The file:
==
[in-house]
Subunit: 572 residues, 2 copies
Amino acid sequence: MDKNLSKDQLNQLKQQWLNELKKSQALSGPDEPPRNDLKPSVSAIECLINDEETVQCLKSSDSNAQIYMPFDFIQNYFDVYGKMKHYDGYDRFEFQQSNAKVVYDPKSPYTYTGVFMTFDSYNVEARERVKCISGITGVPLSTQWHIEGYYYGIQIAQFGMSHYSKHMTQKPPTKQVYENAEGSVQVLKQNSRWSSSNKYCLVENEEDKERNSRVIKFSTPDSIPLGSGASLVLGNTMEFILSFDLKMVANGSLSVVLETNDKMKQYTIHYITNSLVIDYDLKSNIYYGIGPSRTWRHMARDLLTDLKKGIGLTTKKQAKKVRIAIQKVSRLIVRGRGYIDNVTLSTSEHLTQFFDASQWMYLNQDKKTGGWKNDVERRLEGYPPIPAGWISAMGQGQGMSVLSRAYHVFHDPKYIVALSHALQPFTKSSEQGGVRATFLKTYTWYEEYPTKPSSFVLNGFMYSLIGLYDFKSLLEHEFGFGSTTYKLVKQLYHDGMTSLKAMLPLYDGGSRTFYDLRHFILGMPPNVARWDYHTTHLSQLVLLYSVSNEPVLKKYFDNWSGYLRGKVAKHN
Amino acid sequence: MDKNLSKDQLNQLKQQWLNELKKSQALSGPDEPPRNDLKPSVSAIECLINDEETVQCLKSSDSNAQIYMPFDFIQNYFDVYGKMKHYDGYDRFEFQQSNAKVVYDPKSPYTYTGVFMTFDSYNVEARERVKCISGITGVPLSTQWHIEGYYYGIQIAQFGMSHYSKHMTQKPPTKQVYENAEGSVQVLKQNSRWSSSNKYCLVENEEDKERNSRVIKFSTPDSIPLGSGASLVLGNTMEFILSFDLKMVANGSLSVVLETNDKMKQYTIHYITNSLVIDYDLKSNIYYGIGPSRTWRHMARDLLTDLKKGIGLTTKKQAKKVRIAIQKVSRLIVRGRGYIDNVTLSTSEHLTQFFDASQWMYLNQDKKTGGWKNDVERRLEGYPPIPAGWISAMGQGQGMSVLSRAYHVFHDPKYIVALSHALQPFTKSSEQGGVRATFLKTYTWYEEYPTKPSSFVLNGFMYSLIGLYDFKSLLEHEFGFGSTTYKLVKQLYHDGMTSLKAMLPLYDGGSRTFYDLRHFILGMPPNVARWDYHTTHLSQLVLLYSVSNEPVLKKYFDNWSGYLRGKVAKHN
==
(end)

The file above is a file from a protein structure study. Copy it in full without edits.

[in-house]
Subunit: 572 residues, 2 copies
Amino acid sequence: MDKNLSKDQLNQLKQQWLNELKKSQALSGPDEPPRNDLKPSVSAIECLINDEETVQCLKSSDSNAQIYMPFDFIQNYFDVYGKMKHYDGYDRFEFQQSNAKVVYDPKSPYTYTGVFMTFDSYNVEARERVKCISGITGVPLSTQWHIEGYYYGIQIAQFGMSHYSKHMTQKPPTKQVYENAEGSVQVLKQNSRWSSSNKYCLVENEEDKERNSRVIKFSTPDSIPLGSGASLVLGNTMEFILSFDLKMVANGSLSVVLETNDKMKQYTIHYITNSLVIDYDLKSNIYYGIGPSRTWRHMARDLLTDLKKGIGLTTKKQAKKVRIAIQKVSRLIVRGRGYIDNVTLSTSEHLTQFFDASQWMYLNQDKKTGGWKNDVERRLEGYPPIPAGWISAMGQGQGMSVLSRAYHVFHDPKYIVALSHALQPFTKSSEQGGVRATFLKTYTWYEEYPTKPSSFVLNGFMYSLIGLYDFKSLLEHEFGFGSTTYKLVKQLYHDGMTSLKAMLPLYDGGSRTFYDLRHFILGMPPNVARWDYHTTHLSQLVLLYSVSNEPVLKKYFDNWSGYLRGKVAKHN
Amino acid sequence: MDKNLSKDQLNQLKQQWLNELKKSQALSGPDEPPRNDLKPSVSAIECLINDEETVQCLKSSDSNAQIYMPFDFIQNYFDVYGKMKHYDGYDRFEFQQSNAKVVYDPKSPYTYTGVFMTFDSYNVEARERVKCISGITGVPLSTQWHIEGYYYGIQIAQFGMSHYSKHMTQKPPTKQVYENAEGSVQVLKQNSRWSSSNKYCLVENEEDKERNSRVIKFSTPDSIPLGSGASLVLGNTMEFILSFDLKMVANGSLSVVLETNDKMKQYTIHYITNSLVIDYDLKSNIYYGIGPSRTWRHMARDLLTDLKKGIGLTTKKQAKKVRIAIQKVSRLIVRGRGYIDNVTLSTSEHLTQFFDASQWMYLNQDKKTGGWKNDVERRLEGYPPIPAGWISAMGQGQGMSVLSRAYHVFHDPKYIVALSHALQPFTKSSEQGGVRATFLKTYTWYEEYPTKPSSFVLNGFMYSLIGLYDFKSLLEHEFGFGSTTYKLVKQLYHDGMTSLKAMLPLYDGGSRTFYDLRHFILGMPPNVARWDYHTTHLSQLVLLYSVSNEPVLKKYFDNWSGYLRGKVAKHN